President Bush Plugs New Ashcroft PATRIOT Act Power Grab; ACLU Says Congress Should Resist Granting Expanded Police Powers

September 10, 2003 12:00 am

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FOR IMMEDIATE RELEASE
Contact: Media@dcaclu.org WASHINGTON – The American Civil Liberties Union today decried President Bush’s endorsement, on the eve of the second anniversary of the tragic attacks of September 11, 2001, of a further expansion of the unprecedented policing powers granted in the now hot-button USA PATRIOT Act, which Attorney General John Ashcroft has been touring the country over the past month to promote.

In light of Congress’ recent repudiations of the unnecessarily broad surveillance and domestic spying powers granted in the bill, the ACLU also questioned the nation’s legislative stomach for more anti-democratic security measures.

“It is unfortunate that President Bush would use this tragic date to continue to endorse the increasingly unpopular anti-civil liberties policies of Attorney General Ashcroft and the Department of Justice,” said Anthony Romero, ACLU Executive Director. “Rather than rubber-stamping new powers for the Attorney General, the President should respond to the voices of Americans from the right, left and center and disavow the Attorney General’s power grabs over the last two years.”

The President is expected to deliver a speech this afternoon at the FBI Academy in Quantico, VA in which he will endorse further expansions of the PATRIOT Act – the highly controversial anti-terrorism legislation pushed through Congress in the weeks after 9/11. These expansions would reportedly include three new powers asked for by Attorney General Ashcroft in June testimony before the House Judiciary Committee.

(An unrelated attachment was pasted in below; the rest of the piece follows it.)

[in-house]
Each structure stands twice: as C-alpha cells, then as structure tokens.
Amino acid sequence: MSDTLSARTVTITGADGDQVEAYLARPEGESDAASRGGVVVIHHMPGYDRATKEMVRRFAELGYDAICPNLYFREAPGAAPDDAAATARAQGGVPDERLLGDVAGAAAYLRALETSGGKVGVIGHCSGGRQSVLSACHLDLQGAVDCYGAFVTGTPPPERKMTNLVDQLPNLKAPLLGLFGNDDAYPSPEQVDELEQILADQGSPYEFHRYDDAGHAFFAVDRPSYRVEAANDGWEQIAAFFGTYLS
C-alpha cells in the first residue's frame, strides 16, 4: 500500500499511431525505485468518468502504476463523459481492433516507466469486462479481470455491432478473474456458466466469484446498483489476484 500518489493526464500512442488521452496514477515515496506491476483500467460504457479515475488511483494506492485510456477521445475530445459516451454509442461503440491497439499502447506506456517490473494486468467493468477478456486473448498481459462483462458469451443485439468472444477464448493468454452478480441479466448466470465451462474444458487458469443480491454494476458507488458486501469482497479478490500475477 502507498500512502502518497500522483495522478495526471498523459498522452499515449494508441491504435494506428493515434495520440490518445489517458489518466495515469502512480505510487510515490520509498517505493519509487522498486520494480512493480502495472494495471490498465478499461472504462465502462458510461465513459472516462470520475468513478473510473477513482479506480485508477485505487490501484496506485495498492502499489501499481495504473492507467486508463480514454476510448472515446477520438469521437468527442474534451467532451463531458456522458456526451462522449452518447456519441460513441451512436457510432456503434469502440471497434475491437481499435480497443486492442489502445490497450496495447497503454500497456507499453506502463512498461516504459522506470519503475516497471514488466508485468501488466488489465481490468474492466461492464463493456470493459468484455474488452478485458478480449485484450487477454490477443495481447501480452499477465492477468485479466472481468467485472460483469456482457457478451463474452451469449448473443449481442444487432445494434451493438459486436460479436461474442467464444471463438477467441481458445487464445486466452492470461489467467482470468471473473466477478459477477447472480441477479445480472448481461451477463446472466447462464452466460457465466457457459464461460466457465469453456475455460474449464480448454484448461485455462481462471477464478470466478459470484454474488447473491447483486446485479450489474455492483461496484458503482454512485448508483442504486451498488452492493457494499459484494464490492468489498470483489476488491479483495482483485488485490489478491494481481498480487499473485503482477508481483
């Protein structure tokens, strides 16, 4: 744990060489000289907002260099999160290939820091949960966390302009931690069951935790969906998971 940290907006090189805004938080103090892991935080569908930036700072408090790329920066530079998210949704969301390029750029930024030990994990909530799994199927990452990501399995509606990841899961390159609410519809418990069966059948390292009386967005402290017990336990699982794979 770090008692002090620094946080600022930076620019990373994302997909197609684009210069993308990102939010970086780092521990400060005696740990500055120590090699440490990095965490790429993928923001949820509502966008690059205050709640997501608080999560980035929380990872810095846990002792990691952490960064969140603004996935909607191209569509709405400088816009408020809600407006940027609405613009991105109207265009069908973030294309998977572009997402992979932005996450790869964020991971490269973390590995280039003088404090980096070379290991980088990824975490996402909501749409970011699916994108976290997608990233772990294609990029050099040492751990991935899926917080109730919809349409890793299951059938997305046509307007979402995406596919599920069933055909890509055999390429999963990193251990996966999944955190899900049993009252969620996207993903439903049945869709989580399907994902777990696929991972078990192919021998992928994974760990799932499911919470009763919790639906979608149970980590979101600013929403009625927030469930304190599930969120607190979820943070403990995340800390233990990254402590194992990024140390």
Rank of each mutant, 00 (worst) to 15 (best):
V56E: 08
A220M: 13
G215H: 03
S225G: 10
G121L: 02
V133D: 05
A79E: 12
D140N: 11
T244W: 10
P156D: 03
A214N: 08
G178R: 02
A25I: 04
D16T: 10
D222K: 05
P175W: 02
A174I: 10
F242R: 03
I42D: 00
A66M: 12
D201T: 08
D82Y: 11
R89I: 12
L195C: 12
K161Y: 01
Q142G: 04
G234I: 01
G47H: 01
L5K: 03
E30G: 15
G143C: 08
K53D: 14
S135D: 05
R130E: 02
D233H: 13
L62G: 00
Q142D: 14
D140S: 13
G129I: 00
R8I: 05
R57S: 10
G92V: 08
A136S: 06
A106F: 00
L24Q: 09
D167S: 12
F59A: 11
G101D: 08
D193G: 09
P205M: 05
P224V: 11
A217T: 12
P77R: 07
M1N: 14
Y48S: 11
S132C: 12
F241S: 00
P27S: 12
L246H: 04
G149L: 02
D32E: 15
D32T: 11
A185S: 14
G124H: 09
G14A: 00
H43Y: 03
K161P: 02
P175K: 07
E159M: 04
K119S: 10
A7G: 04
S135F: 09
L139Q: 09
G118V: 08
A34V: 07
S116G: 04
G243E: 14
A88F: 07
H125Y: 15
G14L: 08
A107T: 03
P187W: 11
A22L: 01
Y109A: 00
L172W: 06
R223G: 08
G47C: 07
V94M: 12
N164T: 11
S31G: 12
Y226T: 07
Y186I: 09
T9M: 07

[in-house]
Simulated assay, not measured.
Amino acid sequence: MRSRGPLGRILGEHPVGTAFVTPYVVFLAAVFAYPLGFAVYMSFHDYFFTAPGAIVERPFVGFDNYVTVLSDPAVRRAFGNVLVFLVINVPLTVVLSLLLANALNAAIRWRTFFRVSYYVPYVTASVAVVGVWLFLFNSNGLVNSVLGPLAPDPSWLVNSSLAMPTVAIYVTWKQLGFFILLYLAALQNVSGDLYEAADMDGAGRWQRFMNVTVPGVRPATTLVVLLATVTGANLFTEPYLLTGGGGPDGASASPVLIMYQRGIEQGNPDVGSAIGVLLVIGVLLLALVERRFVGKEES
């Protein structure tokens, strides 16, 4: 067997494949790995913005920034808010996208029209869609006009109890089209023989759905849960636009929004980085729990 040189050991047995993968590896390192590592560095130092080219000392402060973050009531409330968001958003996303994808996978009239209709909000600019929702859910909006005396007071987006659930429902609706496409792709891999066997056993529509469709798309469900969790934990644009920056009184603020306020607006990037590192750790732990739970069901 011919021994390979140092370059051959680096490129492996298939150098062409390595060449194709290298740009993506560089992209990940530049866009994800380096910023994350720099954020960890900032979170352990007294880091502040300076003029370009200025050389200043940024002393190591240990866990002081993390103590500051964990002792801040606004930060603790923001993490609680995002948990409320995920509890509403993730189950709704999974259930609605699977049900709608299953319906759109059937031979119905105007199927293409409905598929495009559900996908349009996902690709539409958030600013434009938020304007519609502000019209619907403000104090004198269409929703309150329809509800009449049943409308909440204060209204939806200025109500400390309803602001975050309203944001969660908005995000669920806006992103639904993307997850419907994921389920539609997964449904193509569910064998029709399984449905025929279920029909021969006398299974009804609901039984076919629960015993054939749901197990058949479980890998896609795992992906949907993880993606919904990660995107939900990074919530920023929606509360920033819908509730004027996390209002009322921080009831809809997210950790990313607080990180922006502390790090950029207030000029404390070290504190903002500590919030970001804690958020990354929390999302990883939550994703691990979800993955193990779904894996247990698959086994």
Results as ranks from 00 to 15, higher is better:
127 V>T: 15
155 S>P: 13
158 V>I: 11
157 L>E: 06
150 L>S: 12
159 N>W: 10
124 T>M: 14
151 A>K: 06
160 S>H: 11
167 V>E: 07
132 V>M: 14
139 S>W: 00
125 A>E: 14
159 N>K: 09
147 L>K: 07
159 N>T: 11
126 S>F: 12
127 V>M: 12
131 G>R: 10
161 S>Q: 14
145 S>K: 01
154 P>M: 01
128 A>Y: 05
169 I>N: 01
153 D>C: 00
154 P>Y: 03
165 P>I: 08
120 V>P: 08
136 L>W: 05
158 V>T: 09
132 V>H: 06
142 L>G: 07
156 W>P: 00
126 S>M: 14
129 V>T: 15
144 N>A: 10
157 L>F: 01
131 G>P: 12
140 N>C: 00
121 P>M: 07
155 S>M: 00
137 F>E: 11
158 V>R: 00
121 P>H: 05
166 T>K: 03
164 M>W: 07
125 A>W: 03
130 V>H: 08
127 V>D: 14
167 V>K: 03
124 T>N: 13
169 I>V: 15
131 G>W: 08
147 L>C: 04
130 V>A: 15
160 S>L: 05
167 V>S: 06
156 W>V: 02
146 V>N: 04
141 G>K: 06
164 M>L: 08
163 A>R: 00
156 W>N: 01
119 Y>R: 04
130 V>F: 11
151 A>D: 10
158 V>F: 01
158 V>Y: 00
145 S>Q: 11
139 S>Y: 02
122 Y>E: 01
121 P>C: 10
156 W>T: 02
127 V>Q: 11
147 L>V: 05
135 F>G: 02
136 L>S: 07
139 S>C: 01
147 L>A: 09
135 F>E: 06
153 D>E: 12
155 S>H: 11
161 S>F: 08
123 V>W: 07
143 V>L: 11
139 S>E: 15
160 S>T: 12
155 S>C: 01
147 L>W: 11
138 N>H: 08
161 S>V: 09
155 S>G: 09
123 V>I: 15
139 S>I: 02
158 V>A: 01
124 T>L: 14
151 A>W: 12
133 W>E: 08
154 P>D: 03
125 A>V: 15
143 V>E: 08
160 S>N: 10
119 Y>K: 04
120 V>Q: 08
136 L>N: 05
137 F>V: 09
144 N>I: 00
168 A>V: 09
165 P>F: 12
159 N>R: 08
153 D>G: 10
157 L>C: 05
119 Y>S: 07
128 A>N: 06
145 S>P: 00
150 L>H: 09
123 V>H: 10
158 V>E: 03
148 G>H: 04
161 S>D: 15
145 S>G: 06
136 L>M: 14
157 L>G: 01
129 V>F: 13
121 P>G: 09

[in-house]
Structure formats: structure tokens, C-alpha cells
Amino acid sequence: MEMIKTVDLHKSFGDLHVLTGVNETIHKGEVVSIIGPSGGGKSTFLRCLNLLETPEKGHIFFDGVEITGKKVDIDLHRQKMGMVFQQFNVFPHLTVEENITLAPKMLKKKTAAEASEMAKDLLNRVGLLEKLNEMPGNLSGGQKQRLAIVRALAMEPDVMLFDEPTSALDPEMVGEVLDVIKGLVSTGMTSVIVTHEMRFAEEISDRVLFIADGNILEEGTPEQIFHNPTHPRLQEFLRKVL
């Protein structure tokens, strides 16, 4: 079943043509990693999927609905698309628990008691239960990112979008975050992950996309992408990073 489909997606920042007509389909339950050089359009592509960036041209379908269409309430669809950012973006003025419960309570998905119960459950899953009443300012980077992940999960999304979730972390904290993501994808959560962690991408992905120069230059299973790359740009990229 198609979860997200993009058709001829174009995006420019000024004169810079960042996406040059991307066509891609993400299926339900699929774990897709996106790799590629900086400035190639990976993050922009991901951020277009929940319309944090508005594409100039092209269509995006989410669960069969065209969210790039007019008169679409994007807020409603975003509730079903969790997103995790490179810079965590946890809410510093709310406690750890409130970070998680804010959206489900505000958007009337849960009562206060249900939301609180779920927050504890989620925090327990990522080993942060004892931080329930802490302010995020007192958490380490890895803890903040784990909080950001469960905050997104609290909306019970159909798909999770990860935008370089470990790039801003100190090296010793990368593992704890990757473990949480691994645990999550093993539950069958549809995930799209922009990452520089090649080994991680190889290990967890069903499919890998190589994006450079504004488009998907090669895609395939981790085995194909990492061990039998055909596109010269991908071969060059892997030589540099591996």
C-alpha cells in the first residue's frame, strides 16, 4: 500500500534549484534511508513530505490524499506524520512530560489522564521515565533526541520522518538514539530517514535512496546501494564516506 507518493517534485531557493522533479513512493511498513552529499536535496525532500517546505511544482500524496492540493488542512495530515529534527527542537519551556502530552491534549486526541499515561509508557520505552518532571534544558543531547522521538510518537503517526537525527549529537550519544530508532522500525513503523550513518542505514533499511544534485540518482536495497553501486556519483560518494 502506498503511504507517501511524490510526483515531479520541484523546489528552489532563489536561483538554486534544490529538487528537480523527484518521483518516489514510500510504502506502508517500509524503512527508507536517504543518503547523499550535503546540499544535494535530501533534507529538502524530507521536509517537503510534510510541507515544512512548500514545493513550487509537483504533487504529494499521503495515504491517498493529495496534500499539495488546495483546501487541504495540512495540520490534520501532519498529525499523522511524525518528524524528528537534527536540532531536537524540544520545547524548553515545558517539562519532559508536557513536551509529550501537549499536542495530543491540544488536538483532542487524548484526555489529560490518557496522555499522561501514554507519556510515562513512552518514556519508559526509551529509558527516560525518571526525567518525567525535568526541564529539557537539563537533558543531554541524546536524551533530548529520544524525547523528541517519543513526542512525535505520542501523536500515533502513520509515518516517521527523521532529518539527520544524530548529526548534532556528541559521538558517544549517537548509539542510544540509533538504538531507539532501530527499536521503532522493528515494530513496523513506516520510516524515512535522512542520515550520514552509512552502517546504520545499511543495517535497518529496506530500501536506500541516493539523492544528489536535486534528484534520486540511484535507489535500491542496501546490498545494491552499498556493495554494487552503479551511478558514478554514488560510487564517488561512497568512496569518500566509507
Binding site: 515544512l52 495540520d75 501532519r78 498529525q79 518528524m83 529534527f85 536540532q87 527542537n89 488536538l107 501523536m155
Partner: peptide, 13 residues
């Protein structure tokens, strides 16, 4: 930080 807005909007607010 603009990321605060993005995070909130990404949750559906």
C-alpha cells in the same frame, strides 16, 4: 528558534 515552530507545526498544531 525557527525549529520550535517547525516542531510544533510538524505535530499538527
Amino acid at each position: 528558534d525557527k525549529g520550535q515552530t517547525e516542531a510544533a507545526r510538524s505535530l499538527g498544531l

The three powers were also contained in a draft bill – known commonly as PATRIOT II – that was leaked to the media in February. Specifically, they involve reducing judges’ discretion in granting bail and creating new death penalty-eligible offenses, which, because of an overbroad PATRIOT Act redefinition of “domestic terrorism,” might be applicable to political advocates. The third new power would grant the Attorney General more expansive administrative subpoena power, allowing him to unilaterally seize Americans’ private records without judicial oversight during criminal investigations.

Earlier this year, lawmakers and opinion leaders of all political stripes roundly denounced these powers and others contained in PATRIOT II. Even House Judiciary Committee Chairman James Sensenbrenner (R-WI) suggested at the time that there was no real enthusiasm to further expand the already vast powers of the federal government. In response, pieces of PATRIOT II are starting to appear piecemeal in seemingly innocuous legislation.

One such bill, the VICTORY Act – draft drug war legislation circulating on Capitol Hill – harbors four PATRIOT II provisions and consequently has been criticized for attempting to end-run the Justice Department’s agenda around proper and open legislative deliberation.

“Politically and legally, further erosions of judicial oversight and the basic checks and balances that protect us and our democracy from political abuses of power are the wrong path to take,” said Charlie Mitchell, an ACLU Legislative Counsel.

The ACLU analysis of the new powers being endorsed can be found at:
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